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Classification System: APG IV

Superregnum: Eukaryota
Regnum: Plantae
Cladus: Angiosperms
Cladus: Monocots
Ordo: Asparagales

Familia: Amaryllidaceae
Subfamilia: Allioideae
Tribus: Allieae
Genus: Allium
Subgenus: A. subg. Amerallium
Sectio: A. sect. Lophioprason
Subsectio: A. subsect. Acuminata
Species: Allium praecox

Allium praecox Brandegee, 1906

Allium hyalinum var. praecox (Brandegee) Jeps.

Native distribution areas:

Continental: Northern America
Regional: Southwestern USA
Regional: Mexico
Mexico Northwest

References: Brummitt, R.K. 2001. TDWG – World Geographical Scheme for Recording Plant Distributions, 2nd Edition

Brandegee, T.S., Zoë 5:228. 1906


Govaerts, R. et al. 2018. Allium praecox in World Checklist of Selected Plant Families. The Board of Trustees of the Royal Botanic Gardens, Kew. Published online. Accessed: 2018 Jul. 24. Reference page.
Hassler, M. 2018. Allium praecox. World Plants: Synonymic Checklists of the Vascular Plants of the World In: Roskovh, Y., Abucay, L., Orrell, T., Nicolson, D., Bailly, N., Kirk, P., Bourgoin, T., DeWalt, R.E., Decock, W., De Wever, A., Nieukerken, E. van, Zarucchi, J. & Penev, L., eds. 2018. Species 2000 & ITIS Catalogue of Life. Published online. Accessed: 2018 Jul. 24. Reference page.
International Plant Names Index. 2018. Allium praecox. Published online. Accessed: Jul. 24 2018.
USDA, ARS, Germplasm Resources Information Network. Allium praecox in the Germplasm Resources Information Network (GRIN), U.S. Department of Agriculture Agricultural Research Service. Accessed: 08-Apr-12.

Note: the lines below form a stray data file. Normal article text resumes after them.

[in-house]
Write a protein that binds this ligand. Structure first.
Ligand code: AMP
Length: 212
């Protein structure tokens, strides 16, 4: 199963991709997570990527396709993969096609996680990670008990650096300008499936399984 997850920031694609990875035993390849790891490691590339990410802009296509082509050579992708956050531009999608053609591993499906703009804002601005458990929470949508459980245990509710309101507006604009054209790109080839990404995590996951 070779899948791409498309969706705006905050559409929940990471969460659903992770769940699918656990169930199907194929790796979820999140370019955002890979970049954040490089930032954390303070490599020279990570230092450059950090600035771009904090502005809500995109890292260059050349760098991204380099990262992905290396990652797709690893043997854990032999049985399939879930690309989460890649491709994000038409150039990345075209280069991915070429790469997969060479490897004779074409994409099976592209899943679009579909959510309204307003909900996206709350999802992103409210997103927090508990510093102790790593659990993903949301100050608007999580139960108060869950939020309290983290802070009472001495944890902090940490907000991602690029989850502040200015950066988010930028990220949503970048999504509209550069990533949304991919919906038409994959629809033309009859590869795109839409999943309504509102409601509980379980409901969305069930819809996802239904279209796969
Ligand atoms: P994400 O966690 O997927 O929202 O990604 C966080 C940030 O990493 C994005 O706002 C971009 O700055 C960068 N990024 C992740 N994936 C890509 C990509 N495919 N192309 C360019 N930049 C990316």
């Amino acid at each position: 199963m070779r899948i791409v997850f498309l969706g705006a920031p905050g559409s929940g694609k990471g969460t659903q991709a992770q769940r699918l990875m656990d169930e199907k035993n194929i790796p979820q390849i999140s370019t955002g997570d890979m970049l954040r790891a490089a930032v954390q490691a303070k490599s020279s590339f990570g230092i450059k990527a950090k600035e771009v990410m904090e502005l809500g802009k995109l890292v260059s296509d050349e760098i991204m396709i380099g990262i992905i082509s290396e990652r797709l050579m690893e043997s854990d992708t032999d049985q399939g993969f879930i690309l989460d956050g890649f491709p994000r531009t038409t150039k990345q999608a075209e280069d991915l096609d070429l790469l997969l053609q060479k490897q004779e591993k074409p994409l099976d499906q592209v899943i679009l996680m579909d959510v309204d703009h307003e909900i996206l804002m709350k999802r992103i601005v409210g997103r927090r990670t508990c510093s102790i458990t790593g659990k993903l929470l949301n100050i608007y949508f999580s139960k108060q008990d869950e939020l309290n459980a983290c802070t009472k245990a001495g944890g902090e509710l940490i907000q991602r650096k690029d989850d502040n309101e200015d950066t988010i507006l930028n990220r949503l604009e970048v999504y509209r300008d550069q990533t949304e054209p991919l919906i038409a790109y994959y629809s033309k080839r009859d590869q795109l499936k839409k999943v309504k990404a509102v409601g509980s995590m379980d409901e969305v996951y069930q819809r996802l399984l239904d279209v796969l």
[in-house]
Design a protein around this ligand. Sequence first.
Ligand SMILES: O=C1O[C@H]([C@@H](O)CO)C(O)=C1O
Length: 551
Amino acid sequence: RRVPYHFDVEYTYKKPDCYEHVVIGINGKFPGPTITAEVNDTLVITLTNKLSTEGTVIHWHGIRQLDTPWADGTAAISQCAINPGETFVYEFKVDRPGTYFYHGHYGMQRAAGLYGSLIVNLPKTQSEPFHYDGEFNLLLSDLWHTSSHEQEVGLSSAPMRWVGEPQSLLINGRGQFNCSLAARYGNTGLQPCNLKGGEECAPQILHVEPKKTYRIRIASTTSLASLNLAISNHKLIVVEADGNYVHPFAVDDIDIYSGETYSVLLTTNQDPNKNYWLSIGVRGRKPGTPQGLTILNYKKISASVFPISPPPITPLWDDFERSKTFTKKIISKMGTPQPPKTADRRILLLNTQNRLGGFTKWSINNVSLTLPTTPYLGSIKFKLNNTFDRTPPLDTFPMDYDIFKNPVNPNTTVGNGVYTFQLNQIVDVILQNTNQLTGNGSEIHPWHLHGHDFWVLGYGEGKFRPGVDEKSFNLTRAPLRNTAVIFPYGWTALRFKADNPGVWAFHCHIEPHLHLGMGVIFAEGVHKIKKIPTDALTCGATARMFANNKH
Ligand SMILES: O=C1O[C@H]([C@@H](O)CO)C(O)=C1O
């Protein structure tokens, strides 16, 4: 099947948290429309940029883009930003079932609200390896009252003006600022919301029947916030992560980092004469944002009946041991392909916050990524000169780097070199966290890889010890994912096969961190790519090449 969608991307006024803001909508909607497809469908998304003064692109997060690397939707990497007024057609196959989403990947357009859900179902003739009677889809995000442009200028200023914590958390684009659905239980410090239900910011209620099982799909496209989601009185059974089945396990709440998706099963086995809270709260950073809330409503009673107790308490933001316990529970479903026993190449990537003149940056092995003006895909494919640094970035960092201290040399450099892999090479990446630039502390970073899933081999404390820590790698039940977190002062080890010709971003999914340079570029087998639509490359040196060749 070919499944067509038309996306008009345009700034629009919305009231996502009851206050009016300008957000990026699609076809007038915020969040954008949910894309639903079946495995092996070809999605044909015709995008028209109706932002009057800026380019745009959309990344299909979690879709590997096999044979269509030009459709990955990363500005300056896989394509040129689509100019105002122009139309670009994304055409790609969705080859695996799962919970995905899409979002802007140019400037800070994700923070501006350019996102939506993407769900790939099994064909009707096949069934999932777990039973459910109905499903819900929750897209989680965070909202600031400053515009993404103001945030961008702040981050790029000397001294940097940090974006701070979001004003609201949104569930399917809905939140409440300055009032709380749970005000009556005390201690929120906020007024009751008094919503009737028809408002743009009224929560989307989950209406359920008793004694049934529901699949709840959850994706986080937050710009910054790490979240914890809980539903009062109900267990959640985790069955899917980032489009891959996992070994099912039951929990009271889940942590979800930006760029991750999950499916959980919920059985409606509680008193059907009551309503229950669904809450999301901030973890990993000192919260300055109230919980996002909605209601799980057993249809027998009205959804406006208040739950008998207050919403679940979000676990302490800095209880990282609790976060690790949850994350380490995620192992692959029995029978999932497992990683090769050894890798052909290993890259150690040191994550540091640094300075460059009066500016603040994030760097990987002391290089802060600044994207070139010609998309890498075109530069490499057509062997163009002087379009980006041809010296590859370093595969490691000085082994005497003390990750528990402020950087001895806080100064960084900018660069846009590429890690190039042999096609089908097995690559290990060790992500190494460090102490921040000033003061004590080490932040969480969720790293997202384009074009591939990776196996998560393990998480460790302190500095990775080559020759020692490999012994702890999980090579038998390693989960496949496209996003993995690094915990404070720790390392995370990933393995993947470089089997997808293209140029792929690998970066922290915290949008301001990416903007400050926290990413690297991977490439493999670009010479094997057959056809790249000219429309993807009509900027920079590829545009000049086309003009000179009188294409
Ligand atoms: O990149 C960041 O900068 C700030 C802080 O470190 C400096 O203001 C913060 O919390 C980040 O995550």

Vernacular names
English: early onion

Allium praecox is a species of wild onion known by the common name early onion.

It is native to the hills and mountains of southern California and Baja California, where it grows in shady areas in clay soils at elevations up to 800 m.

The species has been reported from Kern, San Bernardino, Los Angeles, Riverside, Santa Barbara, Orange and San Diego Counties. This includes some populations on the Channel Islands.[1][2]

Allium praecox grows from a brownish or grayish bulb between one and two centimeters long. The scape is round in cross-section, up to 60 cm long. A single plant generally has two or three long, keeled leaves about the same length as the scape or sometimes a little longer.

The umble consistes up to 40 flowers, each on a long pedicel up to 4 cm long, the flowers up to 15 mm across. The tepals are pink with darker purple veins. Anthers are purple or yellow; pollen yellow.[1][3][4][5]
References .

Flora of North America v 26 p 263 Allium praecox
USDA Plants Profile
Hickman, J. C. 1993. The Jepson Manual: Higher Plants of California 1–1400. University of California Press, Berkeley. Allium praecox
Allium praecox Photo gallery
Shreve, F. & I. L. Wiggins. 1964. Vegetation and Flora of the Sonoran Desert. 2 vols. Stanford University Press, Stanford.

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